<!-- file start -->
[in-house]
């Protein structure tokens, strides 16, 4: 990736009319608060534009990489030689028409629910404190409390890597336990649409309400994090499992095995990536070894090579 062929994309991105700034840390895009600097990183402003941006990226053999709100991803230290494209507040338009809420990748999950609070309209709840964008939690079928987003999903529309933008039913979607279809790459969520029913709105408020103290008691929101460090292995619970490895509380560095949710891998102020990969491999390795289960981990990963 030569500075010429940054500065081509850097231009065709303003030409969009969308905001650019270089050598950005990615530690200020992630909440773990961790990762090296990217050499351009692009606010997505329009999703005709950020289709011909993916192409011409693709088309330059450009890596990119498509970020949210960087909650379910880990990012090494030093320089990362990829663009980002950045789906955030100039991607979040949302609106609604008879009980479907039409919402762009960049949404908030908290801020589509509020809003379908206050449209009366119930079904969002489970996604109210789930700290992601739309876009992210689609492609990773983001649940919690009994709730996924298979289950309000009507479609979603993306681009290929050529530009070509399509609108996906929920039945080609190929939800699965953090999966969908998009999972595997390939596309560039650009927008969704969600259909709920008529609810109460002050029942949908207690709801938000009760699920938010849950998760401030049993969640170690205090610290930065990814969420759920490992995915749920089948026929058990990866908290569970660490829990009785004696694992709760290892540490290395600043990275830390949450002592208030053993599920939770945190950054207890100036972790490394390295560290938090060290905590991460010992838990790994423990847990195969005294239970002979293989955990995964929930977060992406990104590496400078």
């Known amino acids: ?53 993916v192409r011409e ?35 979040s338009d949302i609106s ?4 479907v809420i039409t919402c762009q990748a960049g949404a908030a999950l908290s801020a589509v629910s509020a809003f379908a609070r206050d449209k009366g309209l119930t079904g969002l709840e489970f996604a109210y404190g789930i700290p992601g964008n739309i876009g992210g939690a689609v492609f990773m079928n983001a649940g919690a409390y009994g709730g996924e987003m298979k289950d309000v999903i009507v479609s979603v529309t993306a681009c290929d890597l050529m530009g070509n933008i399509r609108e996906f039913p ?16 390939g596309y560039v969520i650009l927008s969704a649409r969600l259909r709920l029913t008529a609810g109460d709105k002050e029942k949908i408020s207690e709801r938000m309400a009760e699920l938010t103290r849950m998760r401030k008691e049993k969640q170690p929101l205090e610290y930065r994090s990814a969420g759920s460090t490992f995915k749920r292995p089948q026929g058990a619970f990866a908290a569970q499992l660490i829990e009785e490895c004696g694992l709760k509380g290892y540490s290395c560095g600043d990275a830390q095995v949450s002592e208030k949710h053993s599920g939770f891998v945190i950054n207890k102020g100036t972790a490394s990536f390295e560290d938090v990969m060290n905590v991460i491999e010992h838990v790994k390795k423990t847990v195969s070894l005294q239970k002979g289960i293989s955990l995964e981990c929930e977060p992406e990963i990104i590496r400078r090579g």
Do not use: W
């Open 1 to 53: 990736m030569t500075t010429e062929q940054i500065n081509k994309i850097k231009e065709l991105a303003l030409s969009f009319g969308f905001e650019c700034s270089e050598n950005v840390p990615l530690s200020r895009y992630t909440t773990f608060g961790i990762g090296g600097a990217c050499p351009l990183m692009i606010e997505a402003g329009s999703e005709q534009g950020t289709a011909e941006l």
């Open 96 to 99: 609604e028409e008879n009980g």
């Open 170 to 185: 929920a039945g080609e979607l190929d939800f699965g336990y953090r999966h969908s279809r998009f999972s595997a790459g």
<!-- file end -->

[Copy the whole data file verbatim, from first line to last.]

[in-house]
């Protein structure tokens, strides 16, 4: 990736009319608060534009990489030689028409629910404190409390890597336990649409309400994090499992095995990536070894090579 062929994309991105700034840390895009600097990183402003941006990226053999709100991803230290494209507040338009809420990748999950609070309209709840964008939690079928987003999903529309933008039913979607279809790459969520029913709105408020103290008691929101460090292995619970490895509380560095949710891998102020990969491999390795289960981990990963 030569500075010429940054500065081509850097231009065709303003030409969009969308905001650019270089050598950005990615530690200020992630909440773990961790990762090296990217050499351009692009606010997505329009999703005709950020289709011909993916192409011409693709088309330059450009890596990119498509970020949210960087909650379910880990990012090494030093320089990362990829663009980002950045789906955030100039991607979040949302609106609604008879009980479907039409919402762009960049949404908030908290801020589509509020809003379908206050449209009366119930079904969002489970996604109210789930700290992601739309876009992210689609492609990773983001649940919690009994709730996924298979289950309000009507479609979603993306681009290929050529530009070509399509609108996906929920039945080609190929939800699965953090999966969908998009999972595997390939596309560039650009927008969704969600259909709920008529609810109460002050029942949908207690709801938000009760699920938010849950998760401030049993969640170690205090610290930065990814969420759920490992995915749920089948026929058990990866908290569970660490829990009785004696694992709760290892540490290395600043990275830390949450002592208030053993599920939770945190950054207890100036972790490394390295560290938090060290905590991460010992838990790994423990847990195969005294239970002979293989955990995964929930977060992406990104590496400078």
């Known amino acids: ?53 993916v192409r011409e ?35 979040s338009d949302i609106s ?4 479907v809420i039409t919402c762009q990748a960049g949404a908030a999950l908290s801020a589509v629910s509020a809003f379908a609070r206050d449209k009366g309209l119930t079904g969002l709840e489970f996604a109210y404190g789930i700290p992601g964008n739309i876009g992210g939690a689609v492609f990773m079928n983001a649940g919690a409390y009994g709730g996924e987003m298979k289950d309000v999903i009507v479609s979603v529309t993306a681009c290929d890597l050529m530009g070509n933008i399509r609108e996906f039913p ?16 390939g596309y560039v969520i650009l927008s969704a649409r969600l259909r709920l029913t008529a609810g109460d709105k002050e029942k949908i408020s207690e709801r938000m309400a009760e699920l938010t103290r849950m998760r401030k008691e049993k969640q170690p929101l205090e610290y930065r994090s990814a969420g759920s460090t490992f995915k749920r292995p089948q026929g058990a619970f990866a908290a569970q499992l660490i829990e009785e490895c004696g694992l709760k509380g290892y540490s290395c560095g600043d990275a830390q095995v949450s002592e208030k949710h053993s599920g939770f891998v945190i950054n207890k102020g100036t972790a490394s990536f390295e560290d938090v990969m060290n905590v991460i491999e010992h838990v790994k390795k423990t847990v195969s070894l005294q239970k002979g289960i293989s955990l995964e981990c929930e977060p992406e990963i990104i590496r400078r090579g």
Do not use: W
């Open 1 to 53: 990736m030569t500075t010429e062929q940054i500065n081509k994309i850097k231009e065709l991105a303003l030409s969009f009319g969308f905001e650019c700034s270089e050598n950005v840390p990615l530690s200020r895009y992630t909440t773990f608060g961790i990762g090296g600097a990217c050499p351009l990183m692009i606010e997505a402003g329009s999703e005709q534009g950020t289709a011909e941006l």
């Open 96 to 99: 609604e028409e008879n009980g």
């Open 170 to 185: 929920a039945g080609e979607l190929d939800f699965g336990y953090r999966h969908s279809r998009f999972s595997a790459g």